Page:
Linear Regression Fallacies

regress_lineCOMMENTARY

As a data scientist, I’m continually amused with the on-going misuse of the principle of linear regression.  You see it all the time in the press. Lately, regression theory is underlying much of the talk surrounding the demise of American entitlement programs like Medicare and Social Security. Forecasts abound, saying that the country can no longer afford retirement benefits and elder healthcare coverage. But you must stop to ask what these so-called forecasts are based on?

Many forecasts unwisely project healthcare costs far into the future by assuming that the trends of the past would continue unaltered. But this mentality ignores realty. To look at this another way, just because your son is 4 feet tall at age 6 doesn’t mean he’ll be 12 feet tall at age 18. And just because the average American born today will live to the age of 78 doesn’t mean that the baby born in 2032 will live to 100. Forecasting something like healthcare is just as prickly.

Making bets on the distant future is not wise because it’s unknowable. Too many exceptional events can occur to affect life along the regression line – wars, financial bubbles, financial crashes, extreme weather, political demagoguery, etc. No one – no business, no government agency – makes plans today based on a vision of the world 20 years ahead. Apple doesn’t do it. Google doesn’t do it. The Department of Defense doesn’t do it. You and I don’t do it. Not even insurance companies do it and much of their business is tied to the future. But many in our U.S. government prodded along by the anti-entitlement lobby are pushing to gut these programs while relying on projecting the past experience into the future without adjusting for changes in behavior or policy.

All this does not mean that uncertainty in economic forecasts means there’s no point in economic planning at all. There are indeed good reasons for looking ahead, in small increments, along the regression line, just not good reason or making sweeping changes in programs as complex and far reaching as Social Security and Medicare. So let’s accept life on the regression line for what it is – a limited and isolated view of the future.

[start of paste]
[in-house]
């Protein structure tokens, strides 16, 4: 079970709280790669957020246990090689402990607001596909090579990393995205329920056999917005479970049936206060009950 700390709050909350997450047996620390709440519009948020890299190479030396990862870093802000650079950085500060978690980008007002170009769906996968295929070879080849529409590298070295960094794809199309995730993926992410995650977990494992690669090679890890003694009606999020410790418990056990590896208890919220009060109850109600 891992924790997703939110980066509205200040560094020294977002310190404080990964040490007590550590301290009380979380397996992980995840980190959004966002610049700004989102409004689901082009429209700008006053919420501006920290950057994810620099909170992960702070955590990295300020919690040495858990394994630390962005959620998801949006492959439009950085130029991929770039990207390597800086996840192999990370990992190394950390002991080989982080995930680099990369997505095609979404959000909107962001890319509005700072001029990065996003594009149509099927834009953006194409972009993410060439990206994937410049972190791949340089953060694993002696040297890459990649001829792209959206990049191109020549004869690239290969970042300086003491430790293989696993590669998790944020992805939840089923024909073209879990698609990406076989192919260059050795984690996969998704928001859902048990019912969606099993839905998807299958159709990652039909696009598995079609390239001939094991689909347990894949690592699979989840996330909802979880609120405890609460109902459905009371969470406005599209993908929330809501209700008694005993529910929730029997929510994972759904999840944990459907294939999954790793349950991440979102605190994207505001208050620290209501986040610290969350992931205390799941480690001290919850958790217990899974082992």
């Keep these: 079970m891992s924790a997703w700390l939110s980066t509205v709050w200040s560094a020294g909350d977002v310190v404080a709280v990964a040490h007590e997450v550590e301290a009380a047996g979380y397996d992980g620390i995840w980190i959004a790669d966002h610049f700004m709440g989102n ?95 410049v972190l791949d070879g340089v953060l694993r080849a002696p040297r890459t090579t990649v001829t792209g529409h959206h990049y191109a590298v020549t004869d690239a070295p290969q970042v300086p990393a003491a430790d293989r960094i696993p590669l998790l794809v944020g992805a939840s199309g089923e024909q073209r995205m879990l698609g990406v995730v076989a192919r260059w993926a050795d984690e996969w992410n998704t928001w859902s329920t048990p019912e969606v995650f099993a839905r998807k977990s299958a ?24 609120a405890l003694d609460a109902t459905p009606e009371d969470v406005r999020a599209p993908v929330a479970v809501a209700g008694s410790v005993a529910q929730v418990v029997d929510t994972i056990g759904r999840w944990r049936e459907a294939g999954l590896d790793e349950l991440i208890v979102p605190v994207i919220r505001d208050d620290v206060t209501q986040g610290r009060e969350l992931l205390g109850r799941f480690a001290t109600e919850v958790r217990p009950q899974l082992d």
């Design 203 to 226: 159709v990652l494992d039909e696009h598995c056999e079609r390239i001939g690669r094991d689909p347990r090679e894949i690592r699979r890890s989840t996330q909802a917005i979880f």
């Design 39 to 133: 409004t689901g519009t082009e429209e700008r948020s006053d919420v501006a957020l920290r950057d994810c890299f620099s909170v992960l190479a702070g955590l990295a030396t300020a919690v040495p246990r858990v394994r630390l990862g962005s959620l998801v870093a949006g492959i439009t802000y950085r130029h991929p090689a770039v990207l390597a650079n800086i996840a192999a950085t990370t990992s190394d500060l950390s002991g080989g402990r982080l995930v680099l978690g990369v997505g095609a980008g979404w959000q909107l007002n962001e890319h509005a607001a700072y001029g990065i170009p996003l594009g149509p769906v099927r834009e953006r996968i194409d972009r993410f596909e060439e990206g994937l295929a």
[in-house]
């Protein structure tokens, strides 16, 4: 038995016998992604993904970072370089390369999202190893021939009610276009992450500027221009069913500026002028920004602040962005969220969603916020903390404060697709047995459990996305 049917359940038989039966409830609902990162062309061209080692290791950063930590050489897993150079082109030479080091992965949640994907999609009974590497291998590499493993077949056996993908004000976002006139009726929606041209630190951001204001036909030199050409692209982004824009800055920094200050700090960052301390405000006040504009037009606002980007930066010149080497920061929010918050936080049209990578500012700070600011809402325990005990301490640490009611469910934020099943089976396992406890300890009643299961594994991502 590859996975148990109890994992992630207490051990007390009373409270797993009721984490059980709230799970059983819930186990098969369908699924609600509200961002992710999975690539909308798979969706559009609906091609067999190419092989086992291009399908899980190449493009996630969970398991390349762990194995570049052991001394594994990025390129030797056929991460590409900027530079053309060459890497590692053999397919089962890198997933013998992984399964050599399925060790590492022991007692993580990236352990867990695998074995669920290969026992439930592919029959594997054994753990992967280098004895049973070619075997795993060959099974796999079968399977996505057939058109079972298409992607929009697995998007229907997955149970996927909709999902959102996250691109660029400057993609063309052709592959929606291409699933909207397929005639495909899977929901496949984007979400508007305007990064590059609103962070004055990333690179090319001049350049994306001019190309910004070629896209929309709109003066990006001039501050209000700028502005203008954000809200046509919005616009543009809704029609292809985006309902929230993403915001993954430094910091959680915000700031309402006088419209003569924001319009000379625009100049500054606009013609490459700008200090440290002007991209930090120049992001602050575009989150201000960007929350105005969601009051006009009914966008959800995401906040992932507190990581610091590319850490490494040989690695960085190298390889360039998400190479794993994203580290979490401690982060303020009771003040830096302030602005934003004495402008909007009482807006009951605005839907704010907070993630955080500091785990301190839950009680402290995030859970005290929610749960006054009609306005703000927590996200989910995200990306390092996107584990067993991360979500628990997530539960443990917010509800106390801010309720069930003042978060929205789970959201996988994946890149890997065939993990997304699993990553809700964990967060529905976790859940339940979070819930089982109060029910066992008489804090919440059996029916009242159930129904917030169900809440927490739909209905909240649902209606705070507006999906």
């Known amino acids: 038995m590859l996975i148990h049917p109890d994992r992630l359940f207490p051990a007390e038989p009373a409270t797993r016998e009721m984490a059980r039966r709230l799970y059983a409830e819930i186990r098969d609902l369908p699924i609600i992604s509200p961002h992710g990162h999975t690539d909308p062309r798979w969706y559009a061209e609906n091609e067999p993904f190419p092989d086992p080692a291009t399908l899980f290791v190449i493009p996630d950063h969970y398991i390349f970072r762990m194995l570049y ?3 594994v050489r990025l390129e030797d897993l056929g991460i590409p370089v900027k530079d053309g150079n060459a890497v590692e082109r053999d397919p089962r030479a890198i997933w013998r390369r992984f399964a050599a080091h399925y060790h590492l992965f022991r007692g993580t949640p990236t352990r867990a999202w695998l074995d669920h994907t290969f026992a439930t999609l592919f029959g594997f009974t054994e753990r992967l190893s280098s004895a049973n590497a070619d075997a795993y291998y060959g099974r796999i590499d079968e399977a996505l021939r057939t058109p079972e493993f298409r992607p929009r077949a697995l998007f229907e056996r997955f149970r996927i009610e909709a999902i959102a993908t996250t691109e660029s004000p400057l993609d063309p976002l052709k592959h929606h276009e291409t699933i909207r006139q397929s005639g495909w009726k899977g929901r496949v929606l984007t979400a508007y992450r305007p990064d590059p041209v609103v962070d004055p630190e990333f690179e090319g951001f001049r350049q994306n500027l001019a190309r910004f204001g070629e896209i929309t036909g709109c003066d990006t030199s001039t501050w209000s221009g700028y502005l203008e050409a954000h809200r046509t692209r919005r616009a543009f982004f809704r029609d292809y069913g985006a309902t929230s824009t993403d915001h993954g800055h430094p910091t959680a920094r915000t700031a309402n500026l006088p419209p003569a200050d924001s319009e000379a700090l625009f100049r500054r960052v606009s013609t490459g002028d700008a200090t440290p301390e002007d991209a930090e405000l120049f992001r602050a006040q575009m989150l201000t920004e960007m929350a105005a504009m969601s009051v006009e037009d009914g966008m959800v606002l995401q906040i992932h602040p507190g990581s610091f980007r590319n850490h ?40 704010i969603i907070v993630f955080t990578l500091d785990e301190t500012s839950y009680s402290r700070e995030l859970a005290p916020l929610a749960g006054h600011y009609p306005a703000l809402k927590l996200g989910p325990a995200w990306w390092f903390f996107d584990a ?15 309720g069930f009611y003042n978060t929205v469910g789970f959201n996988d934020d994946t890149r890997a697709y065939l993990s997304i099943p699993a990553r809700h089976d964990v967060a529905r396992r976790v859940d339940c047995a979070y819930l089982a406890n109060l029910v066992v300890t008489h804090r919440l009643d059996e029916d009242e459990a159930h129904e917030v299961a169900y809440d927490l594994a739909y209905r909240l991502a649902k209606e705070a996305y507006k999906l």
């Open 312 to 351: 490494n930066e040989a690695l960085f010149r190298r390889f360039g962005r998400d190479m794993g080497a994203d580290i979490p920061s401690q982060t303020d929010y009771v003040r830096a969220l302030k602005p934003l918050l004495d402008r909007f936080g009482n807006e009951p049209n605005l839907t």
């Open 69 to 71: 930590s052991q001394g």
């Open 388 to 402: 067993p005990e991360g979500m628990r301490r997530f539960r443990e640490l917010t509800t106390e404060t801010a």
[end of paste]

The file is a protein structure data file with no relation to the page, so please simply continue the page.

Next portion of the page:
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Posted on December 4, 2012, in Opinion. Bookmark the permalink. 2 Comments.

  1. This is why time series analysis is the bigger player in dealing with these kinds of problems. Discovery of a ‘signal’ or something which translates to ‘meaningfulness’ in noisy data (e.g. stochastic processes) often involves a more robust and complicated analysis. Just as a fundamental aside, I have seen VERY few individuals, including those calling themselves data scientists, who can give an adequate definition of ‘signal’ and ‘noise’ and the differences between the two. This simple lack in understanding can have an extraordinary impact on how one interprets a data-driven world, from any perspective.

    The statistical community, which with the physics community developed time series methods, has long been aware of and trying to combat these problems. The statisticians’ warnings aren’t always heard well as the business will look at a straight line as ‘good enough’. Stakeholders often scoff at more robust models thinking that they are just ‘too complex’ to grasp. Further, many analysts, and even those calling them data scientists simply don’t have the skillset to develop, deploy, and communicate the meaning of more complex time-series models. Hence why I believe this problem persists in industry.

    Check out articles by Rob Hyndman who I think exemplifies the problem well and why learning and attempting to master time-series analysis is, although a difficult proposition for many, very worthwhile in the end.

  2. To take your observations one step further, imagine the upward slope data analysts in other disciplines have when trying to find the “signal.” Take for example the scientists at SETI. Finding signals from distant extraterrestrials is a daunting task. So far nothing. So they’re using innovative theories to improve their chances — like using holography with the ATA to use the direction of arrival information (encoded as the signal’s phase) digitized directly from the radio antenna. This way, using something like holography, the direction from which a signal arrives can be derived and thus rule out potential signals that are not coming from outer space (Earth based noise in effect).

    Further new techniques being deployed by SETI will greatly enhance the number of different signal types the equipments can be sensitive to including conventional carrier waves (e.g. AM radio), as well as various wide-bandwidth signals like those used for satellite communications on Earth. They plan to test for literally billions of signal types never probed before.

    Amazing stuff!

    Daniel

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